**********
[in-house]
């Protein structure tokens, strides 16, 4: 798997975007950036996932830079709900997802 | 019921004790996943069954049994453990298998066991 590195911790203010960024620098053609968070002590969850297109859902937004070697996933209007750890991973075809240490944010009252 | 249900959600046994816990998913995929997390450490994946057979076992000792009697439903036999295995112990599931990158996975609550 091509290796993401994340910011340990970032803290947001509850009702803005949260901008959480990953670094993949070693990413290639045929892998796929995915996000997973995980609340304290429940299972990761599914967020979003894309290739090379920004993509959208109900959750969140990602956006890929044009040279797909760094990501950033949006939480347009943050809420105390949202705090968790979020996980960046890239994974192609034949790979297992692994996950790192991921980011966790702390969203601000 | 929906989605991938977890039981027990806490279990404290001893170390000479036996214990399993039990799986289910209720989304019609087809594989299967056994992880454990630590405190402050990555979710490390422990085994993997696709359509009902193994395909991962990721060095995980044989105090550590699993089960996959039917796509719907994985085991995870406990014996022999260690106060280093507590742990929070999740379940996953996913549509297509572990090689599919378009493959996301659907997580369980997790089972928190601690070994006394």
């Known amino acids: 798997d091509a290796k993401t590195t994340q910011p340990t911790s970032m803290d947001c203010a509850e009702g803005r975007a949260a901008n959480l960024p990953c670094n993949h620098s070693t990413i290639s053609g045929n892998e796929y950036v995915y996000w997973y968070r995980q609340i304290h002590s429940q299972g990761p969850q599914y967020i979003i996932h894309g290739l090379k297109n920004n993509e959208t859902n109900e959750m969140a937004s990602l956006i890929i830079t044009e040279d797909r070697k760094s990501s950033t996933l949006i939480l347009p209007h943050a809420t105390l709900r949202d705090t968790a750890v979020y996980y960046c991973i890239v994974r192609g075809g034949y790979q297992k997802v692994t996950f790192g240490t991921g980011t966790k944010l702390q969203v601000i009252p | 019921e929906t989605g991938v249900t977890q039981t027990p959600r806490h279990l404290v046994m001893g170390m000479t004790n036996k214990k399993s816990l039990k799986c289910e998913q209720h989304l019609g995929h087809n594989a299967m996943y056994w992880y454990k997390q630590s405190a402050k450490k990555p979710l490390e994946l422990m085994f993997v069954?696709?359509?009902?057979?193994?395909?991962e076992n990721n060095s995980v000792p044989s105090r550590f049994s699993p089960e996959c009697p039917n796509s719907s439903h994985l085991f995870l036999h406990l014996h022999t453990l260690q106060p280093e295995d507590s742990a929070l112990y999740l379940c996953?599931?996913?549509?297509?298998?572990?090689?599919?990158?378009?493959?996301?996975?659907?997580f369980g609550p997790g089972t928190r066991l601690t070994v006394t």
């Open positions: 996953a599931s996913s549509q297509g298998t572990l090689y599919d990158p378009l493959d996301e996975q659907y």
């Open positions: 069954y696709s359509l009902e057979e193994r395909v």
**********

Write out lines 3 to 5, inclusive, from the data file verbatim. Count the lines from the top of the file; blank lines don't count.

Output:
């Known amino acids: 798997d091509a290796k993401t590195t994340q910011p340990t911790s970032m803290d947001c203010a509850e009702g803005r975007a949260a901008n959480l960024p990953c670094n993949h620098s070693t990413i290639s053609g045929n892998e796929y950036v995915y996000w997973y968070r995980q609340i304290h002590s429940q299972g990761p969850q599914y967020i979003i996932h894309g290739l090379k297109n920004n993509e959208t859902n109900e959750m969140a937004s990602l956006i890929i830079t044009e040279d797909r070697k760094s990501s950033t996933l949006i939480l347009p209007h943050a809420t105390l709900r949202d705090t968790a750890v979020y996980y960046c991973i890239v994974r192609g075809g034949y790979q297992k997802v692994t996950f790192g240490t991921g980011t966790k944010l702390q969203v601000i009252p | 019921e929906t989605g991938v249900t977890q039981t027990p959600r806490h279990l404290v046994m001893g170390m000479t004790n036996k214990k399993s816990l039990k799986c289910e998913q209720h989304l019609g995929h087809n594989a299967m996943y056994w992880y454990k997390q630590s405190a402050k450490k990555p979710l490390e994946l422990m085994f993997v069954?696709?359509?009902?057979?193994?395909?991962e076992n990721n060095s995980v000792p044989s105090r550590f049994s699993p089960e996959c009697p039917n796509s719907s439903h994985l085991f995870l036999h406990l014996h022999t453990l260690q106060p280093e295995d507590s742990a929070l112990y999740l379940c996953?599931?996913?549509?297509?298998?572990?090689?599919?990158?378009?493959?996301?996975?659907?997580f369980g609550p997790g089972t928190r066991l601690t070994v006394t």
């Open positions: 996953a599931s996913s549509q297509g298998t572990l090689y599919d990158p378009l493959d996301e996975q659907y």
């Open positions: 069954y696709s359509l009902e057979e193994r395909v």